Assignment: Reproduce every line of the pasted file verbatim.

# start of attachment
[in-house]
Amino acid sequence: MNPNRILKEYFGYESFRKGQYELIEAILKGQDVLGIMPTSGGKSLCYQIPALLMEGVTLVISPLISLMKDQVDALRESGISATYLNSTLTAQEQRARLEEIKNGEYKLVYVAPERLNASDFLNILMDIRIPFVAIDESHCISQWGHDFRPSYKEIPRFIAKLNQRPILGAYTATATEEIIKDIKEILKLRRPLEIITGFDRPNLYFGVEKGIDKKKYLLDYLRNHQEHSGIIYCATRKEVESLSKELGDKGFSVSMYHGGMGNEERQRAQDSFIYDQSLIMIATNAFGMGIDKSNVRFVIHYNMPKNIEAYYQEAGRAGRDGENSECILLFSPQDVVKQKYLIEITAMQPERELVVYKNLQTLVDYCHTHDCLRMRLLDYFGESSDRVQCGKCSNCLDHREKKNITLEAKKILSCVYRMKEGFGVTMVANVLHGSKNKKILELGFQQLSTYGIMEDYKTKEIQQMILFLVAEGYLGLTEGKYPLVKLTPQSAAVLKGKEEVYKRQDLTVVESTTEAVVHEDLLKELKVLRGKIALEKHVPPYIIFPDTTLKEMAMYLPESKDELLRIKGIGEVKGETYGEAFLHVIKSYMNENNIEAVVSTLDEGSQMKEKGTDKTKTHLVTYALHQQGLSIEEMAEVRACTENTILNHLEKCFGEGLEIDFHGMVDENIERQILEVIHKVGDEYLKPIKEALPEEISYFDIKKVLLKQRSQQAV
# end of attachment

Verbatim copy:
[in-house]
Amino acid sequence: MNPNRILKEYFGYESFRKGQYELIEAILKGQDVLGIMPTSGGKSLCYQIPALLMEGVTLVISPLISLMKDQVDALRESGISATYLNSTLTAQEQRARLEEIKNGEYKLVYVAPERLNASDFLNILMDIRIPFVAIDESHCISQWGHDFRPSYKEIPRFIAKLNQRPILGAYTATATEEIIKDIKEILKLRRPLEIITGFDRPNLYFGVEKGIDKKKYLLDYLRNHQEHSGIIYCATRKEVESLSKELGDKGFSVSMYHGGMGNEERQRAQDSFIYDQSLIMIATNAFGMGIDKSNVRFVIHYNMPKNIEAYYQEAGRAGRDGENSECILLFSPQDVVKQKYLIEITAMQPERELVVYKNLQTLVDYCHTHDCLRMRLLDYFGESSDRVQCGKCSNCLDHREKKNITLEAKKILSCVYRMKEGFGVTMVANVLHGSKNKKILELGFQQLSTYGIMEDYKTKEIQQMILFLVAEGYLGLTEGKYPLVKLTPQSAAVLKGKEEVYKRQDLTVVESTTEAVVHEDLLKELKVLRGKIALEKHVPPYIIFPDTTLKEMAMYLPESKDELLRIKGIGEVKGETYGEAFLHVIKSYMNENNIEAVVSTLDEGSQMKEKGTDKTKTHLVTYALHQQGLSIEEMAEVRACTENTILNHLEKCFGEGLEIDFHGMVDENIERQILEVIHKVGDEYLKPIKEALPEEISYFDIKKVLLKQRSQQAV